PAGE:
Video : BL – The Quality Connection

Carole Nash Classic Insurance Specialists

Keith Adams

The Quality Connection (1)

Back in the mid-1970s, British Leyland’s humiliating and very public fall from grace was all-but complete. The corporation may have been created on a tidal wave of optimism in 1968, but by 1974 that had been replaced by the reality of falling sales, a huge drop-off in exports, low workforce morale, high levels of industrial action, management arrogance and ultimately a government bail out in the early months of 1975. This had been played out in the most public of ways, and the eyes of the world’s media, sensing bloodlust at the impending implosion of the United Kingdom, were relishing BLMC’s almost-total fall from grace.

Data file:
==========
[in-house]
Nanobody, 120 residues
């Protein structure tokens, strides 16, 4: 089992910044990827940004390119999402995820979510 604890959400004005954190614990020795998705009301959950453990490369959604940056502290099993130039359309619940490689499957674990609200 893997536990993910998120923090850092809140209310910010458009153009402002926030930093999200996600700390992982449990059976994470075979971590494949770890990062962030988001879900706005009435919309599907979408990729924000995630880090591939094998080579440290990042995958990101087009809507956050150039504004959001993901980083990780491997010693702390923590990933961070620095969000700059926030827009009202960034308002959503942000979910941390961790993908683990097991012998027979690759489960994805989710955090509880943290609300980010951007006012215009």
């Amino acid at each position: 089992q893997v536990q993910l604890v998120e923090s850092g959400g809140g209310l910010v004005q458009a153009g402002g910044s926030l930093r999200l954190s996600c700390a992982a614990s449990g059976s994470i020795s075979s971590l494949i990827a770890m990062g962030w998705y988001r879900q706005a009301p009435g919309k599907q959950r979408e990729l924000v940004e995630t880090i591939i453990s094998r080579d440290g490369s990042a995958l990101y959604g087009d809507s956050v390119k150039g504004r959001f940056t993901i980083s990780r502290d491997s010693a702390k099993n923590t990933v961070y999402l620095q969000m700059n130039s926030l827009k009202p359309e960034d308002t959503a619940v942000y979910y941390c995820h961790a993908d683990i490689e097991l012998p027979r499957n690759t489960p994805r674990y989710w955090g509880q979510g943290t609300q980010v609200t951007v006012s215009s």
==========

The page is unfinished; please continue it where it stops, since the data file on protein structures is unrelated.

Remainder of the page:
The company’s output was far from blame-free. An unappealing and confused model range sent many buyers into the arms of the importers – and for many that didn’t, the poor build quality of the cars that they did buy did the same job. BL’s plight was nothing short of an industrial tragedy.

But the fight-back began in 1975. Government money would only be spent if BL would pull up its corporate socks, and start trying to solve its problems at their very source. In May, there was a shake-up of the board of directors – and one key and very surprise appointment was that of Brigadier Charles Maple as quality director. He’d joined British Leyland at the end of 1974 as corporate standards manager, coming straight from 35 years’ army service and the top job in the quality assurance directorate for fighting vehicles. Once in a board position, he gained overall and absolute responsibility for all aspects of the company’s quality output. And although public perception of BL’s output was already at an all-time low, his appointment certainly had a far-reaching effect internally.